Social phobia is characterized by extreme anxiety about being judged by others or behaving in a way that might cause embarrassment or ridicule. Individuals with social phobia believe that others are scrutinized them and this frequently leads to anxiety, which in turn may lead to panic-like symptoms including heart palpitations, faintness, shortness of breath, and excessive sweating. Whether or not they have panic reactions, people with social phobia generally expend considerable energy avoiding feared situations.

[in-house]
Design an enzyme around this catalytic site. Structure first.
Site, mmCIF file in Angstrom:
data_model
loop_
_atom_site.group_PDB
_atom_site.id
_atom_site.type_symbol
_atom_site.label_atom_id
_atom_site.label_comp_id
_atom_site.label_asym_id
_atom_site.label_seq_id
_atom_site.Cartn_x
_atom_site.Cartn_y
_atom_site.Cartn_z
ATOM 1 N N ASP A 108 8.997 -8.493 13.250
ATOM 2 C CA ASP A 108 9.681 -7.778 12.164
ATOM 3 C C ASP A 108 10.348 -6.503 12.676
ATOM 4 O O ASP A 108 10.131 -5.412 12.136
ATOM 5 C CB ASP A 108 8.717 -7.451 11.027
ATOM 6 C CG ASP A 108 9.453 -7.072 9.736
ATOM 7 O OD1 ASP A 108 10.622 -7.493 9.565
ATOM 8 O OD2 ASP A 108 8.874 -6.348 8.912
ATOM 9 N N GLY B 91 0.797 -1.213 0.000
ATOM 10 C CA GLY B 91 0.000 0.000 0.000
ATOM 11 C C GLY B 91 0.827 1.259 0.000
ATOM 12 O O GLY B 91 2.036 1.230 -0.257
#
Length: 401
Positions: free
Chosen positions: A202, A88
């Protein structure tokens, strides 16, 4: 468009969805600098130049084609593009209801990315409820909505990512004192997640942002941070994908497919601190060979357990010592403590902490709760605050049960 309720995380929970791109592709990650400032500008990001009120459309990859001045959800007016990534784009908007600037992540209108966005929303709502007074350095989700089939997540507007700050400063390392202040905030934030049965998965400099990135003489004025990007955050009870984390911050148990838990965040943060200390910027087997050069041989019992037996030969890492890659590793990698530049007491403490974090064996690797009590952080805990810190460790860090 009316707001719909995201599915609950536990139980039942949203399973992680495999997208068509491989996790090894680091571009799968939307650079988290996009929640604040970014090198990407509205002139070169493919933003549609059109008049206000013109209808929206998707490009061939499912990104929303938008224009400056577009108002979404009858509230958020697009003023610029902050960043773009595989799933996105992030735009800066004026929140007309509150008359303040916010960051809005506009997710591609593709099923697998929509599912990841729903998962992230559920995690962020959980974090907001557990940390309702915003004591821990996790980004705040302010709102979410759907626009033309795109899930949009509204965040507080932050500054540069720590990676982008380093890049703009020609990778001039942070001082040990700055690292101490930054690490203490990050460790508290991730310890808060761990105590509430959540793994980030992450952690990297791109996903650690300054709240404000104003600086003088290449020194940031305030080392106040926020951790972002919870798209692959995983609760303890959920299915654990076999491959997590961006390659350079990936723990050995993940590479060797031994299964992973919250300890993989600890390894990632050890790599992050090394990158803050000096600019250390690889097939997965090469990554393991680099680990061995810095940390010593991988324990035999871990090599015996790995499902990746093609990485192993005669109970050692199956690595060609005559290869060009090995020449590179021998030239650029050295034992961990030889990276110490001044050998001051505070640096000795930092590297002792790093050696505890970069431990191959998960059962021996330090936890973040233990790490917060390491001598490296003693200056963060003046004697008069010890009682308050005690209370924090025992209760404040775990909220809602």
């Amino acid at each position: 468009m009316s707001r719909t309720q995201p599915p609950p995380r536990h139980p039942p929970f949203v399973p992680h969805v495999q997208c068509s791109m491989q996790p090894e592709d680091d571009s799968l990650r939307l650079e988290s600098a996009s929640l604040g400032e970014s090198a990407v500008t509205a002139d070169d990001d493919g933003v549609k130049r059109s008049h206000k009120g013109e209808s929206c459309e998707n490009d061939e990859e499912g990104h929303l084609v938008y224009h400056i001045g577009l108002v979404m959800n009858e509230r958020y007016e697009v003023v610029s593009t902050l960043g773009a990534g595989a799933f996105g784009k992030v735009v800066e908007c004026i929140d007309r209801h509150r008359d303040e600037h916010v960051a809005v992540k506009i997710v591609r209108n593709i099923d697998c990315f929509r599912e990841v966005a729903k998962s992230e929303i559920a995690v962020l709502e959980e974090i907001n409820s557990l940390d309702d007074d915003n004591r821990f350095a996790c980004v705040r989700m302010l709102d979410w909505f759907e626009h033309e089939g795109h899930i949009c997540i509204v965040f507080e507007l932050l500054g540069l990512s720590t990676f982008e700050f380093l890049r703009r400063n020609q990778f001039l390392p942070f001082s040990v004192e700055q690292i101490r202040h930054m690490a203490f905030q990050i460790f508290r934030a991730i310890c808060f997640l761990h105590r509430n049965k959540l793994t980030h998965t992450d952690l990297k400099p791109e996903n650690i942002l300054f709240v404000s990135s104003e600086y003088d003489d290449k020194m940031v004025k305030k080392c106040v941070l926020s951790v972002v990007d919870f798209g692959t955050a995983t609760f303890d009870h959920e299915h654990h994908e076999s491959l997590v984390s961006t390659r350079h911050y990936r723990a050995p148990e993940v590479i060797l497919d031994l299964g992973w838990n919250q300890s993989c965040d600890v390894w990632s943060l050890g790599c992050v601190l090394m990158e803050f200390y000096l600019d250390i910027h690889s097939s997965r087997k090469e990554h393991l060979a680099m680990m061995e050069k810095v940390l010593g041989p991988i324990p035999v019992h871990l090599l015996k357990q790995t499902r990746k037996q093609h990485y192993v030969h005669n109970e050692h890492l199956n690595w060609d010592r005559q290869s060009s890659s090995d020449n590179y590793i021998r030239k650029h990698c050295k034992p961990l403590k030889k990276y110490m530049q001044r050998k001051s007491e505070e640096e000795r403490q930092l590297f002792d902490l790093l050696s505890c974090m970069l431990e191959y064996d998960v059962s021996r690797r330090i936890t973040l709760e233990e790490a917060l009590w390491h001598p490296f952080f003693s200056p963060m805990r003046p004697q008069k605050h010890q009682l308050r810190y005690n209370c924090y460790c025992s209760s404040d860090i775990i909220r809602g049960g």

The central fear of social phobia is embarrassment over the way one might act and the anxiety generally is triggered by specific social circumstances. The most common social phobia is anxiety over public speaking. Other types of social phobias may include such routine activities as writing in public, casual conversation, being at parties, eating in public, or using a public restroom (also see, Paruresis). Social phobia is not the same as shyness. Shy individuals may be extremely self-conscious, but they do not experience the same disabling anticipatory anxiety, avoidance behavior, and physical arousal symptoms as those with social phobia.